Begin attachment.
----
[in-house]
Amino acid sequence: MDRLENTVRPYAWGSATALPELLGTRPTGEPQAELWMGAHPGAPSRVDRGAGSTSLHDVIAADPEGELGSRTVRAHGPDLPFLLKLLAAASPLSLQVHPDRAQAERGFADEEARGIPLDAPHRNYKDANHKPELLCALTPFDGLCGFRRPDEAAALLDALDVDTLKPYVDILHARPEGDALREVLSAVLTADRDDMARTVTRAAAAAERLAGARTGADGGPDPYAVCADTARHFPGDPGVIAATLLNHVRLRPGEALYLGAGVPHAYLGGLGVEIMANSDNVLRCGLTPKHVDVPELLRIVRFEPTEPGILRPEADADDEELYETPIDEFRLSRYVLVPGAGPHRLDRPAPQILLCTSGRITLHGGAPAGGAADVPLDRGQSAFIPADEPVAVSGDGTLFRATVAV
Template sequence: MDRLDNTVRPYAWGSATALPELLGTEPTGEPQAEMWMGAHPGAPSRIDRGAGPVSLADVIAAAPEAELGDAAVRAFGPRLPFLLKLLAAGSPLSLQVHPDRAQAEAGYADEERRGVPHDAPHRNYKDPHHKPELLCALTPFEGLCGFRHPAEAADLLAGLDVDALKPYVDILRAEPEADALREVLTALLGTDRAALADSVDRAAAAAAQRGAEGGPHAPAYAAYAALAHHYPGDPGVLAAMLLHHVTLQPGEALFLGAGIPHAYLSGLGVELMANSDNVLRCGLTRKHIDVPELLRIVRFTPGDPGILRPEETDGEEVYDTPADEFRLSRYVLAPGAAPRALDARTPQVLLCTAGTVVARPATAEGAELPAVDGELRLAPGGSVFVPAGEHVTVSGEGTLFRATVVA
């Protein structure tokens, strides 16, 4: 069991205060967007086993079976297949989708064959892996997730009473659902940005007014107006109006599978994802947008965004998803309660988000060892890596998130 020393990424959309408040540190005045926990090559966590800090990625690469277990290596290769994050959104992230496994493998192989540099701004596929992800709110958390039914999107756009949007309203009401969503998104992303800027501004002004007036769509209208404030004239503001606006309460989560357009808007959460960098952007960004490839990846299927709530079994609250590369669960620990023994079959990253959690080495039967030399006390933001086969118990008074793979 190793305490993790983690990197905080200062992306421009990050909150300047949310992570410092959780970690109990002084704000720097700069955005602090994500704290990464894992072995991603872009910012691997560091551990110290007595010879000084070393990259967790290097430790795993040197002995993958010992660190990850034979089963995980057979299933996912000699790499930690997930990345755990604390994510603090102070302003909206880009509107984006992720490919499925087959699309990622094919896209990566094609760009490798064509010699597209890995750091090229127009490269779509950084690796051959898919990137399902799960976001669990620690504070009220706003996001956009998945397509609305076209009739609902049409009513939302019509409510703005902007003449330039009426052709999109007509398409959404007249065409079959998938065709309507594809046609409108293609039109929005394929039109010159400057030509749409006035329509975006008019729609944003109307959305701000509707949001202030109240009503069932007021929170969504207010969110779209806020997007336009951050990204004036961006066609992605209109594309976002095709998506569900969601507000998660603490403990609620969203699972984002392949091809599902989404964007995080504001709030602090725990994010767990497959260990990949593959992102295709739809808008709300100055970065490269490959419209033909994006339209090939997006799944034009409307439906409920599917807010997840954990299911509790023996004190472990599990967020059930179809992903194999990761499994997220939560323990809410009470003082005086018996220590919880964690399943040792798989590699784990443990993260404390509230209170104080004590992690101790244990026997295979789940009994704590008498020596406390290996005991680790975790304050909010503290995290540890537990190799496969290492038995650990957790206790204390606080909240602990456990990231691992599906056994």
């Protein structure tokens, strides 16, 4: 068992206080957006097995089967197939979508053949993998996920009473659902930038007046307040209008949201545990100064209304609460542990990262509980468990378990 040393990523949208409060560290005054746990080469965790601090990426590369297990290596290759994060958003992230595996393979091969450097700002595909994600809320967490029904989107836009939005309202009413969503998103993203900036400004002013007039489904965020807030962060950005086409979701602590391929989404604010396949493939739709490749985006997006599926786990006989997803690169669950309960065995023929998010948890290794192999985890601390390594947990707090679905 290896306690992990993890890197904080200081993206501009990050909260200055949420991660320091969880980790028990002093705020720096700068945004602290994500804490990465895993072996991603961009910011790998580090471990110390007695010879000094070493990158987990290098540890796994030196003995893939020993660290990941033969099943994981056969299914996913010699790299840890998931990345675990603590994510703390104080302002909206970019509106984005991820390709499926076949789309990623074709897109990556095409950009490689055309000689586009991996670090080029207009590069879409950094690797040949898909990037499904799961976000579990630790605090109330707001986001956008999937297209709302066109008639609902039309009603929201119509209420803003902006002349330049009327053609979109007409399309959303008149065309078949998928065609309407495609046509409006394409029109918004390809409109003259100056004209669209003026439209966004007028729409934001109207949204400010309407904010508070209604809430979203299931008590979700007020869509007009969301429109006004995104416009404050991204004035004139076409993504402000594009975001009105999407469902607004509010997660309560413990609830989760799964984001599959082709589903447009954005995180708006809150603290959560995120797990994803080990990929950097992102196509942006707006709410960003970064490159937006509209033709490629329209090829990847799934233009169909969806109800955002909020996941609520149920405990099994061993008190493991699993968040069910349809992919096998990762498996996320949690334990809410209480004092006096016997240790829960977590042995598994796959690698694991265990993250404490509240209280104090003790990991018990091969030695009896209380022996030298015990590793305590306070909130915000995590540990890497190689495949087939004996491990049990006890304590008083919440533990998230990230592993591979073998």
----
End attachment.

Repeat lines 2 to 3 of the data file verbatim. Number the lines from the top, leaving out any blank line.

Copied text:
Amino acid sequence: MDRLENTVRPYAWGSATALPELLGTRPTGEPQAELWMGAHPGAPSRVDRGAGSTSLHDVIAADPEGELGSRTVRAHGPDLPFLLKLLAAASPLSLQVHPDRAQAERGFADEEARGIPLDAPHRNYKDANHKPELLCALTPFDGLCGFRRPDEAAALLDALDVDTLKPYVDILHARPEGDALREVLSAVLTADRDDMARTVTRAAAAAERLAGARTGADGGPDPYAVCADTARHFPGDPGVIAATLLNHVRLRPGEALYLGAGVPHAYLGGLGVEIMANSDNVLRCGLTPKHVDVPELLRIVRFEPTEPGILRPEADADDEELYETPIDEFRLSRYVLVPGAGPHRLDRPAPQILLCTSGRITLHGGAPAGGAADVPLDRGQSAFIPADEPVAVSGDGTLFRATVAV
Template sequence: MDRLDNTVRPYAWGSATALPELLGTEPTGEPQAEMWMGAHPGAPSRIDRGAGPVSLADVIAAAPEAELGDAAVRAFGPRLPFLLKLLAAGSPLSLQVHPDRAQAEAGYADEERRGVPHDAPHRNYKDPHHKPELLCALTPFEGLCGFRHPAEAADLLAGLDVDALKPYVDILRAEPEADALREVLTALLGTDRAALADSVDRAAAAAAQRGAEGGPHAPAYAAYAALAHHYPGDPGVLAAMLLHHVTLQPGEALFLGAGIPHAYLSGLGVELMANSDNVLRCGLTRKHIDVPELLRIVRFTPGDPGILRPEETDGEEVYDTPADEFRLSRYVLAPGAAPRALDARTPQVLLCTAGTVVARPATAEGAELPAVDGELRLAPGGSVFVPAGEHVTVSGEGTLFRATVVA